The car itself was very well-built. The last time I’d considered a GM car was in 1997 when I’d ended up with my first Toyota, and the interiors were not what you’d call competitive at the time (I was looking at the Cutlass’ last gasp at that point, by the way). The Volt’s interior was much nicer – I wasn’t exactly a big fan of the white Apple-style center stack, but in general the controls were well laid out and the materials were relatively nice. Quality outside was good as well – this car had the extra cost paint that involved a base coat, a tinted clear coat, and a regular clear coat that produced a particularly intense red. (Of course, touch-ups were a pain as matching the color required three steps instead of two. The price of progress, I guess.) Overall, the Volt did what GM wanted it to do – it brought me (a Toyota/Lexus buyer) into the showroom and sent me out with a GM car.
My enjoyment of the car was, as one might guess from the title of this post, cut somewhat short by an unfortunate event. About 18 months and 12,000 miles into my ownership period (i.e., roughly halfway through the lease), I was taking my usual route from my office down a fairly heavily traveled side street to reach the highway and my wife’s office. It had been raining somewhat so the roads were wet. I was in a line of cars as I approached a curve in the road that went off to the left for me. As I came close to the curve, a Nissan Murano SUV came around the curve in the opposite direction at a speed that I can only guess was well over the 35-mph posted limit – the rear of the SUV started to spin, the driver panicked, and overcorrected (probably to avoid going off the road to her right into the woods and a steep drop-off). The front wheels caught traction catapulting the Nissan perpendicular to my direction of travel across my path.
In what can be characterized as providence or just good luck, she collided with the drivers side of the Volt directly over the B-pillar between the front and rear doors. She was still moving fast enough to shove my car straight sideways into a 6-inch tall curb, breaking the rear control arm on the passenger side and leaving the rear passenger wheel in the street. Side airbags and seat airbags went off, tire smoke swept over the scene, and the very nice OnStar lady was talking to me almost as soon as the car came to a stop.
Once I dislodged myself from the car by crawling over the console to stand in the rain to survey the scene, I got a good look at the mess. The driver of the Nissan was a high-school teenager who’d left the front license plate of her car pinched between the two doors on the driver side of my car, the wheel was still in the street, and her car was roughly 50 feet behind my car (as I’d kept moving after she hit me) and was blocking the whole street. Luckily for me, my only complaint was a sore back from the seat airbag punching me in the kidneys. Ironically, I was on my way to pick up my wife and head for the rental car agency at the airport as we were going out of town for the weekend for her high school reunion. That made things a bit easier as I just had to call a colleague to come pick me up and take me to the rental car that was already waiting for me.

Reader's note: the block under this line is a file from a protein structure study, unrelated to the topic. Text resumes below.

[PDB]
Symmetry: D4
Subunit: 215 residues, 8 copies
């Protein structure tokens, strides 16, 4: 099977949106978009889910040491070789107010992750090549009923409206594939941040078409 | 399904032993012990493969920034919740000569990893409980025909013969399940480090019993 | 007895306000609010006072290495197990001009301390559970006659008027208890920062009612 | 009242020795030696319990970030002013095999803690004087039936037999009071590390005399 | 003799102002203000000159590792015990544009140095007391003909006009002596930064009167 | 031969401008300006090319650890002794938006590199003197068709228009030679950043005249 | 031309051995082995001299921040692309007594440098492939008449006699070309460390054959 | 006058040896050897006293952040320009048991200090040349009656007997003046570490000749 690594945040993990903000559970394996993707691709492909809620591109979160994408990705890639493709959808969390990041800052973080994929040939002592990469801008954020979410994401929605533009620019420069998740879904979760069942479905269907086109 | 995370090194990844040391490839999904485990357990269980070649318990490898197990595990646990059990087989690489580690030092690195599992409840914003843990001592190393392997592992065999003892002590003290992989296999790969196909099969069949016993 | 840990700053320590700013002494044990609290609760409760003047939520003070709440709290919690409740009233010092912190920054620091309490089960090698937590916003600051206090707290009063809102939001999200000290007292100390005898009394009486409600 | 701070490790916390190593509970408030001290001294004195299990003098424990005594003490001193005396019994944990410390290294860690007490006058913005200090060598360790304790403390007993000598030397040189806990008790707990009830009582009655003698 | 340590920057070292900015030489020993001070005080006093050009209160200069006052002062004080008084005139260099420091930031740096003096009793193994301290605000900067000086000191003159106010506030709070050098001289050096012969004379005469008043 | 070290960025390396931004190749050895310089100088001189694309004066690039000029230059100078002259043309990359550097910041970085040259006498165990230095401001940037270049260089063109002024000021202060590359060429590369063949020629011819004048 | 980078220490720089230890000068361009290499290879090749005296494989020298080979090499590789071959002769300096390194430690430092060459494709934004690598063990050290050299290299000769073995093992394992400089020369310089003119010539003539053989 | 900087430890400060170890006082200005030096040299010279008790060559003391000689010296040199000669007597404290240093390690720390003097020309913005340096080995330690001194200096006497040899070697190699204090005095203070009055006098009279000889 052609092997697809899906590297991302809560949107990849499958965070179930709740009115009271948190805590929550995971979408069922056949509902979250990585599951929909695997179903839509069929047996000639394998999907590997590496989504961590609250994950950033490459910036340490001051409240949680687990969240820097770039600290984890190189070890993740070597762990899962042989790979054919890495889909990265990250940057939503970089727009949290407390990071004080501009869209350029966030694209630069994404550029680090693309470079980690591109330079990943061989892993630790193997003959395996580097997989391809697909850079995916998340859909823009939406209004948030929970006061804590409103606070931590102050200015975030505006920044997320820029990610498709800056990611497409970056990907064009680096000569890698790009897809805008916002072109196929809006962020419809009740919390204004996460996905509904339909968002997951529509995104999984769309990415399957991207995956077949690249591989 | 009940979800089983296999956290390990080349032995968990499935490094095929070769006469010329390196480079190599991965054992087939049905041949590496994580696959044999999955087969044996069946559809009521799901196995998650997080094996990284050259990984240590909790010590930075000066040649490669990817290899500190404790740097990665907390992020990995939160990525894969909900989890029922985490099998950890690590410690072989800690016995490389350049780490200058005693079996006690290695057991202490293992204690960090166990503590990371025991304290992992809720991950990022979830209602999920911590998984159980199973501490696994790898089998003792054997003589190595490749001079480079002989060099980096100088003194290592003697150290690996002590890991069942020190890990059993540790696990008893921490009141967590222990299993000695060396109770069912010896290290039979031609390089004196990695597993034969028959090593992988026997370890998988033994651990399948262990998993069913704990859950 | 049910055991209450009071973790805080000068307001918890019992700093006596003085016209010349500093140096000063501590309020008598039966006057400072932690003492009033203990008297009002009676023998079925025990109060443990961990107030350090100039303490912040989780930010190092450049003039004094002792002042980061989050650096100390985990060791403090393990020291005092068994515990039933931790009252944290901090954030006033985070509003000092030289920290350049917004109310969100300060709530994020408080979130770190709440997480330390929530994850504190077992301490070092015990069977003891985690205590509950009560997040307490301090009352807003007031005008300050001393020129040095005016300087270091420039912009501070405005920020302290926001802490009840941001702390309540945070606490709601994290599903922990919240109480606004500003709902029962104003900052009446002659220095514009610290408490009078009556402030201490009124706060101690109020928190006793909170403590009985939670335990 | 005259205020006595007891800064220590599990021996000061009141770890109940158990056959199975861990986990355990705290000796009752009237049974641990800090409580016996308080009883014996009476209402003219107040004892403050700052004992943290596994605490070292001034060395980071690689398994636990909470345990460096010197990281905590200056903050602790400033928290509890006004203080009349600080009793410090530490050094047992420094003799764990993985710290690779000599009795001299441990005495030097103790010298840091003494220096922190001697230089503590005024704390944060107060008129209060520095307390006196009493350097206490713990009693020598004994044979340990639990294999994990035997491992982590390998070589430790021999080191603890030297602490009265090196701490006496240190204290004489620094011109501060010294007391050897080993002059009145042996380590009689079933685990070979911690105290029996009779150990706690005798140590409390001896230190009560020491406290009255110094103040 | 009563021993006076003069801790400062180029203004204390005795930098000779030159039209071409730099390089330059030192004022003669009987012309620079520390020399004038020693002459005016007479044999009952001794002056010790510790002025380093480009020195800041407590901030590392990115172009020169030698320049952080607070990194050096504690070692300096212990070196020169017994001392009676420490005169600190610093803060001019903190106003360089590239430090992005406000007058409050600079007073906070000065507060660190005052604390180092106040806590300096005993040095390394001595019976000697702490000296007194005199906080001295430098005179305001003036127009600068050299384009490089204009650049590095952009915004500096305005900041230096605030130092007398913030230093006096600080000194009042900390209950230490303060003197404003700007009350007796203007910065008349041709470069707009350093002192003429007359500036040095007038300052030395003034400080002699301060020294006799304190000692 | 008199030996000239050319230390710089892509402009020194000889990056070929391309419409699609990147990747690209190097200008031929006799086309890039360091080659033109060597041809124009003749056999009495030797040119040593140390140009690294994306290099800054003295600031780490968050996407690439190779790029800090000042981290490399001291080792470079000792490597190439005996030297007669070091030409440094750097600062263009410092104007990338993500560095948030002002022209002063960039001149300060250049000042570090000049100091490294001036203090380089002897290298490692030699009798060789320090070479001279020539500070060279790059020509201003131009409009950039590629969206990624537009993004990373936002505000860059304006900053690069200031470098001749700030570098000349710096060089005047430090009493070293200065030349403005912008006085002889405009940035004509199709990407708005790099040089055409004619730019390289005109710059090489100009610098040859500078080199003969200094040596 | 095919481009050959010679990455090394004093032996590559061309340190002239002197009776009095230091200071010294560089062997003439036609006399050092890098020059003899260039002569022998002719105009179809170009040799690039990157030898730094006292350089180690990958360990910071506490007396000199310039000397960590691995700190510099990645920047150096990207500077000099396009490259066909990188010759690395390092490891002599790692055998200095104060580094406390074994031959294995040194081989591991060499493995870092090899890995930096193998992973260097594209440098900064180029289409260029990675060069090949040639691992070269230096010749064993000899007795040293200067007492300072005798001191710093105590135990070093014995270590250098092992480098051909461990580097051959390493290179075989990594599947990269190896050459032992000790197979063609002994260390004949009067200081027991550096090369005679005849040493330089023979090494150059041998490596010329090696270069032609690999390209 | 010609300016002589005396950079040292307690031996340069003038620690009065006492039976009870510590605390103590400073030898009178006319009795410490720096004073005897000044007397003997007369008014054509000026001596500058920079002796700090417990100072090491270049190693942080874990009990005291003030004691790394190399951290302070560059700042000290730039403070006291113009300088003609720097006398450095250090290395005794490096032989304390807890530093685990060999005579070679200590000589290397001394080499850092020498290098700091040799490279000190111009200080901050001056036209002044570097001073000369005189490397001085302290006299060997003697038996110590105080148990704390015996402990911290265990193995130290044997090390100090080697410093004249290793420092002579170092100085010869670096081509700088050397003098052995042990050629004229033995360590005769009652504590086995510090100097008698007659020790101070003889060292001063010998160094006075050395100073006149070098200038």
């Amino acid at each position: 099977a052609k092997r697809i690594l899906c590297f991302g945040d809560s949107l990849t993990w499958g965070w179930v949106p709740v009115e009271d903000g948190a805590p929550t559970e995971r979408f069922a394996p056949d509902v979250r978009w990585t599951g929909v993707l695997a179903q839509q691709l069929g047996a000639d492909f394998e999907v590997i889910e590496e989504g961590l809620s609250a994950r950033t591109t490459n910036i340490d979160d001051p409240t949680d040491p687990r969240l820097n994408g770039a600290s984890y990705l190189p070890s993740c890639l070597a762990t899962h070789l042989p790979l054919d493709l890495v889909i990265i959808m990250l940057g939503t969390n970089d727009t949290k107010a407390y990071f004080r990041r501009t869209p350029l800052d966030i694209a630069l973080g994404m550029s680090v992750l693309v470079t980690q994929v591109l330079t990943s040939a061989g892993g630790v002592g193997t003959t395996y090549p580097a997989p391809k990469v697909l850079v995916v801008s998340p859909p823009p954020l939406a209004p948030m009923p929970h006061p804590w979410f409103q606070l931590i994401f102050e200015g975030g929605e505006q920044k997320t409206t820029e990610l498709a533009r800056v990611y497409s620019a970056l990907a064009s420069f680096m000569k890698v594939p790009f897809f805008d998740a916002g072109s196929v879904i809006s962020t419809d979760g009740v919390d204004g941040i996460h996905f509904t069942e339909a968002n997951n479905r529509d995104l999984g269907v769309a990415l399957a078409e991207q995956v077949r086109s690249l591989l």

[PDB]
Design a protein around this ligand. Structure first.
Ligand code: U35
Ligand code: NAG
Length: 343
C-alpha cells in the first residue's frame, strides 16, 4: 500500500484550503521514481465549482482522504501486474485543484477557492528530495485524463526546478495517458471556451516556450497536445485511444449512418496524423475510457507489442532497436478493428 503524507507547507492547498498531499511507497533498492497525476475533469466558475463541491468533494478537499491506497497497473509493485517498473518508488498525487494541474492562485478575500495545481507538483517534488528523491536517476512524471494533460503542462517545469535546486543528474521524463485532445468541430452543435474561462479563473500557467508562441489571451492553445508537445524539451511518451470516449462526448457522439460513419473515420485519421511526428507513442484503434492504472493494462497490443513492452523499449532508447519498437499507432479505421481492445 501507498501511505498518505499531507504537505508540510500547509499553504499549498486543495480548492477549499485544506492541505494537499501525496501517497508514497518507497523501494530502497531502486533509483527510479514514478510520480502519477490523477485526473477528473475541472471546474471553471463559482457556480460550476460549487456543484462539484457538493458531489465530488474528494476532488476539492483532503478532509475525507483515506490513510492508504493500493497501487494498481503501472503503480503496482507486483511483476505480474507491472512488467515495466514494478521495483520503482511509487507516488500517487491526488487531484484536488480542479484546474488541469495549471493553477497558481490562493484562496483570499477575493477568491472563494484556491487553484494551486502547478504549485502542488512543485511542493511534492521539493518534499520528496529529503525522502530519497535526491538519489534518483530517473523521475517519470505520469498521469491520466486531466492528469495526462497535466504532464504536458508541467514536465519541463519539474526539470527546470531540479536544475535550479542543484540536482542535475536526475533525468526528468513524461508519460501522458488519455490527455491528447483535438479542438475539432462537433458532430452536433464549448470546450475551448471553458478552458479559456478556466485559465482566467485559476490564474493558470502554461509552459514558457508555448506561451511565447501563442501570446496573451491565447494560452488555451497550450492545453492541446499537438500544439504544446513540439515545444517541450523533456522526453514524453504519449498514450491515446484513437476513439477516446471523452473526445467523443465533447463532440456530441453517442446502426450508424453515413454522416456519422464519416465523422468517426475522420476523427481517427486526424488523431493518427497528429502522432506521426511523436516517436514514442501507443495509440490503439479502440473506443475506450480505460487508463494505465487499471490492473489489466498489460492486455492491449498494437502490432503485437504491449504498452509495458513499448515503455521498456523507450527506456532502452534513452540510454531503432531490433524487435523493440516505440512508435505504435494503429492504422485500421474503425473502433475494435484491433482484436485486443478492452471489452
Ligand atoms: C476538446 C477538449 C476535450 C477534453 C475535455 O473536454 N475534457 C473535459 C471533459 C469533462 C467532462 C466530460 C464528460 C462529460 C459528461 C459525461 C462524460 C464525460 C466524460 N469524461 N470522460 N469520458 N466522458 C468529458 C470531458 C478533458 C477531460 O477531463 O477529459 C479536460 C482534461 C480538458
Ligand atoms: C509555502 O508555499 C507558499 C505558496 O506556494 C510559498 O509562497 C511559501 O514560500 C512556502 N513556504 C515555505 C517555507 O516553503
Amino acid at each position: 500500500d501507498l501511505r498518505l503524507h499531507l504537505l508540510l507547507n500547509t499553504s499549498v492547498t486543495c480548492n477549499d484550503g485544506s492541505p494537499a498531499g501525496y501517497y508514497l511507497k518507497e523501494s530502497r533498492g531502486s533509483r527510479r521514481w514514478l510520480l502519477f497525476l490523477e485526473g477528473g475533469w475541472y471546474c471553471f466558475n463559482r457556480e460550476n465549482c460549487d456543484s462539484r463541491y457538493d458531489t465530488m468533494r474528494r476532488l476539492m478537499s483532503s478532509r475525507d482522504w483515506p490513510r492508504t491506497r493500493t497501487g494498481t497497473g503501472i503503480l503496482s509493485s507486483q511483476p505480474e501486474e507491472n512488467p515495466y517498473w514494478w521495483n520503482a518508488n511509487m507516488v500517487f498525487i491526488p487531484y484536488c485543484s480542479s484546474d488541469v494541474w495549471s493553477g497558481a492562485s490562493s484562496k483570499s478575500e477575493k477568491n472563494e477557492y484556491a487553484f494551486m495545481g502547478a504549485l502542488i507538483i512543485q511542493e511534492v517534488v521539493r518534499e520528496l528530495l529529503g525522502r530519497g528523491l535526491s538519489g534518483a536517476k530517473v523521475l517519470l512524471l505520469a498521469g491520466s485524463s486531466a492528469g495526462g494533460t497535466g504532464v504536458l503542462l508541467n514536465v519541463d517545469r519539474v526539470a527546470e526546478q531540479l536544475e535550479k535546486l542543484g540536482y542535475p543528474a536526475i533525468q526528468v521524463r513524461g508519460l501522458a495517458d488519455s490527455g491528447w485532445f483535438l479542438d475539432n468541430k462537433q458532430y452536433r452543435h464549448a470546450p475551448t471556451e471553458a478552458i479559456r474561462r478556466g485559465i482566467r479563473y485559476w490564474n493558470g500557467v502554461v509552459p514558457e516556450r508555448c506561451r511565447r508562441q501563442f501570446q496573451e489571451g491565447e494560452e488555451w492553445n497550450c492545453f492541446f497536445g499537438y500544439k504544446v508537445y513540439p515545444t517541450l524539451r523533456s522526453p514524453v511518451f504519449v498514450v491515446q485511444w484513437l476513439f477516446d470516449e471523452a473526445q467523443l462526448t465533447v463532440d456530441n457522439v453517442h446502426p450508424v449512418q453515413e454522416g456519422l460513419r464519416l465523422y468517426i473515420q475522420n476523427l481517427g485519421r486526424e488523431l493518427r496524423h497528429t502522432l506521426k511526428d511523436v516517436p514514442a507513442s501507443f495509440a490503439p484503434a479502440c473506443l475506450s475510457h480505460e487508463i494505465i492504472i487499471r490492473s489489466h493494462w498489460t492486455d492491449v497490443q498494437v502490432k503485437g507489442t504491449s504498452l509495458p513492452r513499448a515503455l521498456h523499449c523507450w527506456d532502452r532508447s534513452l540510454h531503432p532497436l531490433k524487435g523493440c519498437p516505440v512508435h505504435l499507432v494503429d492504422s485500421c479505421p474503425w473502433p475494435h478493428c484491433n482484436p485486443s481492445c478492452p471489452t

Several things made me suspect that the car was probably totaled. The initial inkling was when I opened the hood for the first responders to check for any high voltage wiring damage, and when they found none I couldn’t close the hood as the body structure was bent sufficiently that the hood wouldn’t line up. The second was when I called the tow truck company the next day to let them know that I still had the key in my pocket, and the response was “we won’t need it.”
As suspected (and as you can probably tell from the photos), the insurance company totaled the car once they began taking it apart. They found that the floorpan was folded up much the same way a paper towel tube will kink if you bend it from the ends. Given that the car kept me from the hospital even though I tussled with a large-ish SUV, I wasn’t completely disappointed.
Once the insurance company resolved things with the leasing company (the gap insurance I got with the lease made it very easy as the leasing company accepted the settlement right away), it was off to buy another car. I wanted another electric drive vehicle as I found it to be very fun to drive, but my desire to have something with more electric range may have backfired just a bit, as we’ll see in a couple of weeks.